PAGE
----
SRINAGAR: It is a virtual free run for prisoners inside the high-security central jail prison here where nearly 300 unauthorised mobile phones are operational with the inmates of the prison where radicalisation of undertrials and petty criminals is posing a growing threat, according to an official report.
The report has been shared with the Jammu and Kashmir Home Department from time to time but action appeared to have not been taken to check this trend.
These issues have come to light during an internal probe being carried out in the aftermath of the escape of Lashker-e-Taiba (LeT) militant Mohammed Naveed Jhatt, a Pakistani national, who fled from police custody on February 6 after killing two policemen.
According to a state intelligence report, which was submitted to the state home department, nearly 300 mobile phones are operational within the jail premises which has become a den for the radicalization of youths lodged for petty crimes.
The then Director General of Prisons S K Mishra, who was shifted after the dramatic escape of Jhatt at busy SMHS hospital, had responded to the report, saying that the mobile jammer installed in the jail by Electronics Corporation of India Limited (ECIL) has not been functioning.
“The technology adopted by the ECIL appears to be obsolete. The jammers are no longer able to block any signals or mobile phones,” he said, adding that the matter was reported to the state home department through several communications but the jail authorities have “not received any response.”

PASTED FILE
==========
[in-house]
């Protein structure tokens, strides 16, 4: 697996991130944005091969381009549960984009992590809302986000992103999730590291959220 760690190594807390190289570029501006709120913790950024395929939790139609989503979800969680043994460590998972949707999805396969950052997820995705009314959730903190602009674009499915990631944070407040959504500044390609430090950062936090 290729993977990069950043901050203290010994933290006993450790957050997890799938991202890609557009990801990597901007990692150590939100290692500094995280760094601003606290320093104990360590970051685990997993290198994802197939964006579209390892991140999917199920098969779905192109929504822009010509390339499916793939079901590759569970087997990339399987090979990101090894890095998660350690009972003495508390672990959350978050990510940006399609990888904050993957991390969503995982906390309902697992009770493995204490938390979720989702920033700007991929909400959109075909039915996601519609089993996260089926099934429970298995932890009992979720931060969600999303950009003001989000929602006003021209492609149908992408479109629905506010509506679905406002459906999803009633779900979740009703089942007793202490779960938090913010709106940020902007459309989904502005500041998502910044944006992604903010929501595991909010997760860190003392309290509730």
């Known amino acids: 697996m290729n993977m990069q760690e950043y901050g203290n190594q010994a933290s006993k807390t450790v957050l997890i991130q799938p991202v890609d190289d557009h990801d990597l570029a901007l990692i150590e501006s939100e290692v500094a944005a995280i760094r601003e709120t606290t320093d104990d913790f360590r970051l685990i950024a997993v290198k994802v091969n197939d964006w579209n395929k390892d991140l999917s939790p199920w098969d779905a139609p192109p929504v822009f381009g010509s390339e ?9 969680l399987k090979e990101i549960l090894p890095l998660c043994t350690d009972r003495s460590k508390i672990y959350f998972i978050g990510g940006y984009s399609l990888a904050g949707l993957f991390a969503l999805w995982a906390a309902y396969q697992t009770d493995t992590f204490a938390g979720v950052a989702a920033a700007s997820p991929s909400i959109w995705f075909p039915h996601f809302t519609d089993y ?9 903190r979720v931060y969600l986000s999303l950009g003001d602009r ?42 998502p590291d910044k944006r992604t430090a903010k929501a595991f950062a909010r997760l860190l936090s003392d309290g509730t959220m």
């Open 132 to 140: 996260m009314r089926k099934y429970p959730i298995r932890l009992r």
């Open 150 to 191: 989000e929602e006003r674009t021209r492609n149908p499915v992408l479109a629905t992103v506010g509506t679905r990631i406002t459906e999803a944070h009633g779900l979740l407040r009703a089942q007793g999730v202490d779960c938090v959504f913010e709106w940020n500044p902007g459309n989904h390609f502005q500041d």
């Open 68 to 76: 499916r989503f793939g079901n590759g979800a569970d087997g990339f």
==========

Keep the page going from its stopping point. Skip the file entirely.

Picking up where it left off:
On radicalisation, the report said “the sermons are given on Jihad… The basic tenets of religion are overlooked and the emphasis is laid on radical aspects. Such religious sermons have a deep psychological impact on inmates and youth in particular who develop an inclination towards joining militancy or getting recruited as overground workers (for militants),” the report said.
There is no segregation of prisoners and people arrested for charges under terrorism or separatism are treated with a higher degree of respect by the inmates. “The inmates are allotted barracks based on their affiliation of (terror) organisation,” the report said, adding the decision is taken by old prisoners themselves.
It said the jail, which is expected to act as a correctional facility, is “instead of being used as a place of religious indoctrination and militant recruitment”.
“It is being observed that even petty criminal who spend some time in jails are today coming out as highly indoctrinated individuals with religious motivation to support or even join militant ranks.”
Mishra, who is at present posted as chairman-cum-managing director of Jammu and Kashmir Police Housing Corporation, said: “segregation of high profile militants is unachievable in central jail Srinagar because of very poor and old structure”.
Anyone can go to any barrack and intermingle and listen to the sermons in the barracks, he had replied.